Not much conjuring, not much scaring either
|Vera Farmiga and Patrick Wilson as Lorraine and Ed Warren|
|Lili Taylor and Ron Livingstone as Carolyn and Roger Peron|
|with Joseph Bishara as Bathsheban|
The title of the movie is pretty misleading. There’s no evocation, summoning or anything of that sort, but there is possession by evil spirit. James Wan, who directed and conceived of such good horror films as Saw and Insidious has added this to his portfolio. The hype was there, billed as so scary it earned an R rating in the US. Is the movie really any good? Let’s find out.
The movie is set in the early 1970s when the husband and wife couple of Ed and Lorraine Warren are at the height of their ghost busting powers. We start with the case of a couple of flat mates who have a haunted doll that fortunately for them is easily taken care of by the Warrens. We flip between their story and that of the Perrons who unknowingly move into a haunted house on Rhode Island. The Perrons, predictably experience some pretty scary poltergeisting from the evil spirit.
The Warrens get involved and do their thing to try to help the Perrons by first finding out if it’s haunted, and if it is, what’s haunting the place (it turns out to be an evil Satan worshiping witch). Then they try to get the house exorcised to save the Perron family. And I just realised I’ve competely summed up the entire movie’s plot. Right. Moving on then.
The question posed is whether the movie is any good. I think that the first half of the movie, the creeping, sinister feeling of the house and the helplessness of its inhabitants is done very well. But the introduction of the Warrens into the mix, well, it really takes the fear factor out of it. Firstly, if you’re living in a house and you need a change in underwear every few hours due to an evil spirit and you have expert ghost busters staying with you, the tension’s pretty much gone. Even if something scary happens, which inevitably it does, the ghost busters have it covered. This part of the movie falls a bit flat and stops being scary.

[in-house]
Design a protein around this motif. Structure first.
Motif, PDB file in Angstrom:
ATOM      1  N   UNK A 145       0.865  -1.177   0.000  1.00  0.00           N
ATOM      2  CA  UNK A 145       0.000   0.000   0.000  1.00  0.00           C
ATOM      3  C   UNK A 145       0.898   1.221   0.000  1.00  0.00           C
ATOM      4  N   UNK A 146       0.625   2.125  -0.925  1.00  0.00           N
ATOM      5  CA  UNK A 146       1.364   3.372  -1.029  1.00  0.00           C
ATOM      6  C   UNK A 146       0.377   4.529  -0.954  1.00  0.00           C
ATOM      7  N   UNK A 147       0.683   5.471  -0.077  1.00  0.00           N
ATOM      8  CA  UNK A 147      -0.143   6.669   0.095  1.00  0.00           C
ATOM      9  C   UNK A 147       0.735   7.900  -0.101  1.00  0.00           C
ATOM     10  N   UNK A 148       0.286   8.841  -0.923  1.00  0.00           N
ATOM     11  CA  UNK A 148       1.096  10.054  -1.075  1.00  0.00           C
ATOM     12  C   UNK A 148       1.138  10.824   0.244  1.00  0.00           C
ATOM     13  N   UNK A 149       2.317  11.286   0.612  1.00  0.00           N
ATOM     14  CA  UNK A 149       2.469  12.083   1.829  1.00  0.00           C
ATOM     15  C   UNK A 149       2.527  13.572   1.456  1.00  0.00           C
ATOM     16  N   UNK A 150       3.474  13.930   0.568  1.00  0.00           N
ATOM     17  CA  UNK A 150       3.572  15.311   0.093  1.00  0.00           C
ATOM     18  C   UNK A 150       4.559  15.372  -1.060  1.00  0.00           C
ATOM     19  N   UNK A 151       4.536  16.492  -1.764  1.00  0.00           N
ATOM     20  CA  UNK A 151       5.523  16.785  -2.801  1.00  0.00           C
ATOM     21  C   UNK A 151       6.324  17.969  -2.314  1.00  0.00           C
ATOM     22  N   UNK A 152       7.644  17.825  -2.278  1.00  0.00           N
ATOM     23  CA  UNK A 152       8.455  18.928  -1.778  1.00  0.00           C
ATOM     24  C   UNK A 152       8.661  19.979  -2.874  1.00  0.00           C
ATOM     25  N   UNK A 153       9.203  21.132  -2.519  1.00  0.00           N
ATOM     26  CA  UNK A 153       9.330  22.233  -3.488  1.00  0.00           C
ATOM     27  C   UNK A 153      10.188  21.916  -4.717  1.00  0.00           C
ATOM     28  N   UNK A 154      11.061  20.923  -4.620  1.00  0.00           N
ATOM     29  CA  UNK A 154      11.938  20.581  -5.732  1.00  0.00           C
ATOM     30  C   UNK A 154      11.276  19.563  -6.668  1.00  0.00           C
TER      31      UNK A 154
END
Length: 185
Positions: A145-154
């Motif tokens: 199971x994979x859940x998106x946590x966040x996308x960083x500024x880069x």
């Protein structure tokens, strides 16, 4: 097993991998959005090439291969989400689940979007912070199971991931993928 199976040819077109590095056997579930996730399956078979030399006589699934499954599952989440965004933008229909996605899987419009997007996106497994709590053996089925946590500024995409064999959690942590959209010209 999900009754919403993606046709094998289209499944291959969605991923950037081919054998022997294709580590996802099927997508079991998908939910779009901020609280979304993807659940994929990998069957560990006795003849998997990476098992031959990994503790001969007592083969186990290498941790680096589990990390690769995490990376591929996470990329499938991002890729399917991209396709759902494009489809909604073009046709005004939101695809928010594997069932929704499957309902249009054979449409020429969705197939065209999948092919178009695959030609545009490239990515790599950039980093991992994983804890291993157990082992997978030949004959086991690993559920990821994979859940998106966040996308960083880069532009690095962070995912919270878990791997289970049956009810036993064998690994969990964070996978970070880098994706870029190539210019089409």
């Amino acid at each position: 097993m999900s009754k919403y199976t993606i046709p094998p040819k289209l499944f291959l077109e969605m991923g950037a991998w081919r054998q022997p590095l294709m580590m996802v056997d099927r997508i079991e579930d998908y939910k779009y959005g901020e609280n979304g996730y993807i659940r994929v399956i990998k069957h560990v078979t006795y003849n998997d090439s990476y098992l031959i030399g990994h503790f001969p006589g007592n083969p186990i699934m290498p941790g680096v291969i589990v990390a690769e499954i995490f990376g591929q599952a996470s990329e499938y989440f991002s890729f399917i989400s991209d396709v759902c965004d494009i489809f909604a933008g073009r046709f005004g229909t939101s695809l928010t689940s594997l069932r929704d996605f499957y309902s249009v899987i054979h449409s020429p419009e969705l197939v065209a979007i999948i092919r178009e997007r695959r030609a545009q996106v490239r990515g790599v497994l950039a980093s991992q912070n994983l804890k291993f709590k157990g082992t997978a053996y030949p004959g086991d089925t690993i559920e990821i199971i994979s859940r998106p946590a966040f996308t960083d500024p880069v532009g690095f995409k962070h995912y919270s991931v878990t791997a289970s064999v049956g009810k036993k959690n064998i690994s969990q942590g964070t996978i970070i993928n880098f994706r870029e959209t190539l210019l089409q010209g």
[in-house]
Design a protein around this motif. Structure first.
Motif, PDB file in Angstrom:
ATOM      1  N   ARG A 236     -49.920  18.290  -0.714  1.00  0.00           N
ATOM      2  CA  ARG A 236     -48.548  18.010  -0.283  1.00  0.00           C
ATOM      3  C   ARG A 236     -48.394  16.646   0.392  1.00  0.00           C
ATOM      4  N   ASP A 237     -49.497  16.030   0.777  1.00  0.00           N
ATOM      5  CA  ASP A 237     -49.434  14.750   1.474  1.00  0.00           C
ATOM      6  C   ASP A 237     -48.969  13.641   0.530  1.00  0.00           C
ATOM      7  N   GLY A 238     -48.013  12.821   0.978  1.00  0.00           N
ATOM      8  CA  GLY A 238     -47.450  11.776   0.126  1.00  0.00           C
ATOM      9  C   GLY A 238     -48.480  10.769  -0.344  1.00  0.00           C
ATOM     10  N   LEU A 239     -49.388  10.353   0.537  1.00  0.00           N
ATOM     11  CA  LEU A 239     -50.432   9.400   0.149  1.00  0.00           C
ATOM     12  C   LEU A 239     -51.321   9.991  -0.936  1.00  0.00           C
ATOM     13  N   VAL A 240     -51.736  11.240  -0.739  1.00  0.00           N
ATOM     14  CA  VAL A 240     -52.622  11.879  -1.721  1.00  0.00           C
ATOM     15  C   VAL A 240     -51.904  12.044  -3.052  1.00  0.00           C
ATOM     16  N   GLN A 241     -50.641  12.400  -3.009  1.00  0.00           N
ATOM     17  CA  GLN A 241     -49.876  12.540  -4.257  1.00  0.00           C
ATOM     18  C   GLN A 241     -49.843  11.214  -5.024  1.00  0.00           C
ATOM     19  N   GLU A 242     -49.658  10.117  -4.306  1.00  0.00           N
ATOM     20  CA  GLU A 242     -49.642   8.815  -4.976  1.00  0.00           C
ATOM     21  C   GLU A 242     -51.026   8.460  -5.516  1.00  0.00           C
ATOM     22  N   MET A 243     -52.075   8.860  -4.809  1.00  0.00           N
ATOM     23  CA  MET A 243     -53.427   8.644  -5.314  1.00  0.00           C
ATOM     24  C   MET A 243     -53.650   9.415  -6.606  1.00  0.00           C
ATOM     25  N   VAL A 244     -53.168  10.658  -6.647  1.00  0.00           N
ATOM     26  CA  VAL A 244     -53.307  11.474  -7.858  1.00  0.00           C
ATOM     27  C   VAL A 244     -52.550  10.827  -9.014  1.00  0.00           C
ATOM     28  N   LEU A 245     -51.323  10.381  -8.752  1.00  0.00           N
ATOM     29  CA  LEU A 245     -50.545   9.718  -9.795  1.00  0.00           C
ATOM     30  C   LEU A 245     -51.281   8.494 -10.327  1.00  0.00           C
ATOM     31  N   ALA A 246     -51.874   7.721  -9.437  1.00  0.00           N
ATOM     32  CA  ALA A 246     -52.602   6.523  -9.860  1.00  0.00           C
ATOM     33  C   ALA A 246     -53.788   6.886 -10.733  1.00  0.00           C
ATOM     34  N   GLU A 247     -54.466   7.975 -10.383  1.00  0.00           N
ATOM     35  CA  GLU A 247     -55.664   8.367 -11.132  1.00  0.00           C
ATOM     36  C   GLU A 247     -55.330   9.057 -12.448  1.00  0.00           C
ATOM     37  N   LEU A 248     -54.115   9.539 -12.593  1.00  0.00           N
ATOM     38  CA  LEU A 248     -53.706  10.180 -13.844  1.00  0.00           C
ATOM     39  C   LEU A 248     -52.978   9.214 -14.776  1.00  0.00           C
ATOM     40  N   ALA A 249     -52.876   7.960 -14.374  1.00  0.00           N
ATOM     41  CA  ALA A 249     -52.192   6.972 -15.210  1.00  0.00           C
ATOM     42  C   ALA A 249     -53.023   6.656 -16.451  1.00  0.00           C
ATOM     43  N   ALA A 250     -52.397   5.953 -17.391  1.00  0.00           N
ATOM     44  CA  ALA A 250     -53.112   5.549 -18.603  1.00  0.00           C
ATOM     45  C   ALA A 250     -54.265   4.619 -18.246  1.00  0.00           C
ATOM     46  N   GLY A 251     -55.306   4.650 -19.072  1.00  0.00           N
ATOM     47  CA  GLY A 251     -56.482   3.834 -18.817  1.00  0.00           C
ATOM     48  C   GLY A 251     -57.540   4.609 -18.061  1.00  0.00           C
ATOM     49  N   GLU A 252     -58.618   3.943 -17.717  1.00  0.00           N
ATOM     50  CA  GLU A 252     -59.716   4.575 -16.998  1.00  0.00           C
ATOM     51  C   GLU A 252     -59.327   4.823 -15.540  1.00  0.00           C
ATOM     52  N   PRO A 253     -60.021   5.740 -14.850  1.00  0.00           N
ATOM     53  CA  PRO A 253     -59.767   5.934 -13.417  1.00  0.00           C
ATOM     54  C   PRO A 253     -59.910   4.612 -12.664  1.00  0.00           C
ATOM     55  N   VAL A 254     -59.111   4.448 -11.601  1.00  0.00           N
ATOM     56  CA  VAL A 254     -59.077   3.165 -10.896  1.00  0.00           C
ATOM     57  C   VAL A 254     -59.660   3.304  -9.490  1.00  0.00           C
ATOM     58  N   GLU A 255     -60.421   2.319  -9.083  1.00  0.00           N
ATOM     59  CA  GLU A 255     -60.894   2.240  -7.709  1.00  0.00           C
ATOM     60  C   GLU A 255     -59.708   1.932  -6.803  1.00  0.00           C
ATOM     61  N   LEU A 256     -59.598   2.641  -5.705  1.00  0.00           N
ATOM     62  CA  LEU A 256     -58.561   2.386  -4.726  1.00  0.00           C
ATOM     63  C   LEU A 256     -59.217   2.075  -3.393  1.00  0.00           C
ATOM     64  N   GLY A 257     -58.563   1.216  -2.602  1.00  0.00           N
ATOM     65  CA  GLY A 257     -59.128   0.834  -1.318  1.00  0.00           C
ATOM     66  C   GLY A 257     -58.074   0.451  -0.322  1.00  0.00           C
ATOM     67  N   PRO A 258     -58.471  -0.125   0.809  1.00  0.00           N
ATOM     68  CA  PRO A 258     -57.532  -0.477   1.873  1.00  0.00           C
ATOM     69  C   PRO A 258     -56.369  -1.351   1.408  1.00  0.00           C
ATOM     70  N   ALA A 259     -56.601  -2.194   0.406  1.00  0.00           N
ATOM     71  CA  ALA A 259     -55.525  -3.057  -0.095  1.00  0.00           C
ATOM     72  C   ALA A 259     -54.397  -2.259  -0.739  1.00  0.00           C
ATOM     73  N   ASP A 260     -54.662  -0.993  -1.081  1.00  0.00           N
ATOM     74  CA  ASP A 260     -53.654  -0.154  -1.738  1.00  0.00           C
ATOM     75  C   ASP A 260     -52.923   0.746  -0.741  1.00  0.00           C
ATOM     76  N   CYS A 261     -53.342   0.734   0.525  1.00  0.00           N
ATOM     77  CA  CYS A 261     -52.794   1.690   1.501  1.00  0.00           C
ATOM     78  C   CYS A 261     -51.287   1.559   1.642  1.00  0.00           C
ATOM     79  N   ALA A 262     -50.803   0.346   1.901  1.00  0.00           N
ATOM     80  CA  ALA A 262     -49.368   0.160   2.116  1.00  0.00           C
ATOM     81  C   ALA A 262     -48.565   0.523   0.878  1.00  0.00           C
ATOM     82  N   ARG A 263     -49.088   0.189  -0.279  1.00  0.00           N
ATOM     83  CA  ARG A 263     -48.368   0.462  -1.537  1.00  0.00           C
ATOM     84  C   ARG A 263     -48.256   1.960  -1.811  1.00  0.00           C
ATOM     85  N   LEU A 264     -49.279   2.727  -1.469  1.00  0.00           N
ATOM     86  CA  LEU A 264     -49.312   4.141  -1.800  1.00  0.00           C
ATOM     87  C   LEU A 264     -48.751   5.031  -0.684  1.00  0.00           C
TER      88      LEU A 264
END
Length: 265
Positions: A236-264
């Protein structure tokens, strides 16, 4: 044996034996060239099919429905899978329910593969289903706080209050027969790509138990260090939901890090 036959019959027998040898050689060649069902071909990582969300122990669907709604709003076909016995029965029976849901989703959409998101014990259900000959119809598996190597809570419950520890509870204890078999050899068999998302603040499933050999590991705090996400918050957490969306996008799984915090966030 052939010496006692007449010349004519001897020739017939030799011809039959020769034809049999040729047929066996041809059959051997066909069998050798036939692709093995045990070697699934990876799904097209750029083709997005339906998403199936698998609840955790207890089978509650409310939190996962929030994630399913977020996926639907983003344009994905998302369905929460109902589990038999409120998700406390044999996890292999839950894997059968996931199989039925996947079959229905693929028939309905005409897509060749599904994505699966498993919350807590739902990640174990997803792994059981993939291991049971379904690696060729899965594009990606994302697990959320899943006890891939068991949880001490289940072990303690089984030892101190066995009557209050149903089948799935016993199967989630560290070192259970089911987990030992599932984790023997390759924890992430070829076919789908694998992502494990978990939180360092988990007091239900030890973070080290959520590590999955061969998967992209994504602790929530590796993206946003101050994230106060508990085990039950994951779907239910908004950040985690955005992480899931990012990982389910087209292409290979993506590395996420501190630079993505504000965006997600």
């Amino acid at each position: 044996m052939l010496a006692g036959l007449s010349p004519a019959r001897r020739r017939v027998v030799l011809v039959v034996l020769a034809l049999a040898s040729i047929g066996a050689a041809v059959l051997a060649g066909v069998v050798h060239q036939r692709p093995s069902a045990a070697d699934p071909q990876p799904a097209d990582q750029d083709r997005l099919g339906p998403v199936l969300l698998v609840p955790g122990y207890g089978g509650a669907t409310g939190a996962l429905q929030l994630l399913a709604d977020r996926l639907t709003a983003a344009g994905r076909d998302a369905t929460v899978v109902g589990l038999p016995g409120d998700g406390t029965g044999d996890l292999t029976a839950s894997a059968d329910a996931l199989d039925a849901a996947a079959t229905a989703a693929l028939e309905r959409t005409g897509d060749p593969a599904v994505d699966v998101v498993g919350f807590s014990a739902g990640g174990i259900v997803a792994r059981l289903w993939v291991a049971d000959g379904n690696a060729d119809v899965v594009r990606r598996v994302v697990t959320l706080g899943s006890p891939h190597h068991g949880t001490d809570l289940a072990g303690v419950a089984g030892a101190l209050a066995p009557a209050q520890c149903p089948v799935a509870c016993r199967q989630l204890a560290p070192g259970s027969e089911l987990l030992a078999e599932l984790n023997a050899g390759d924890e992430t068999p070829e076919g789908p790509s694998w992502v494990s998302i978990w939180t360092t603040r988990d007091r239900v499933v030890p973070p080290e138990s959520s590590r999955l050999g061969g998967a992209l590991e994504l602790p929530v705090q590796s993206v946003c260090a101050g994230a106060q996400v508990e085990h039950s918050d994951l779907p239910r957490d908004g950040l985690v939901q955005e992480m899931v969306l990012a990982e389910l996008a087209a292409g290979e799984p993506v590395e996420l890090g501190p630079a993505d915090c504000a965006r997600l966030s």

This brings me to another point. Demons, spirits and ghosts are really dumb in movies. I mean they can see these pesky human ghost busters setting up things in the house to try to find them. Why not just lay low for a while until the ghost busters are gone before they resume their antics? They’re (un)dead and have all the time in the world. Why demonstrate to outsiders that there’s actually some supernatural goings on when the proof can be recorded? The evil spirit here falls into exactly the same trap as every other before it.
I thought the final, climatic scene is the best part of the movie (I mean, you’d hope so, right?). It creates the kind of tension you need and the special effects are well used. I also think that the colour palette really brought out the 70s…although Patrick Wilson’s hair style…didn’t. The movie was nowhere near as scary as it was billed and those fizzled out after the mystery of the haunting was solved and the plot then became a race to get rid of the evil witch spirit.
All in all, it was a pretty by the book western horror movie. There’s a haunting, the mystery is solved and the evil spirit is vanquished. It doesn’t create any new mythology, yet relies on exaggerated Christian historical references for a mythology, unlike (somewhat ironically) Insidious the previous effort from James Wan and Patrick Wilson. That movie created a real sense of dread an unease with its costuming and design and I really felt unnerved by the encounters the characters had with those from the netherworld. I just wish this movie had the same effect. It might even have been scary.
It’s not as scary as the hype, but then, it’s also not as good. Actually, it’s a bit cliche…
Should I watch this?
As horror movies go, you could do worse. In the same way as having to live in a creepy old house is better than living in a cardboard box in an alley.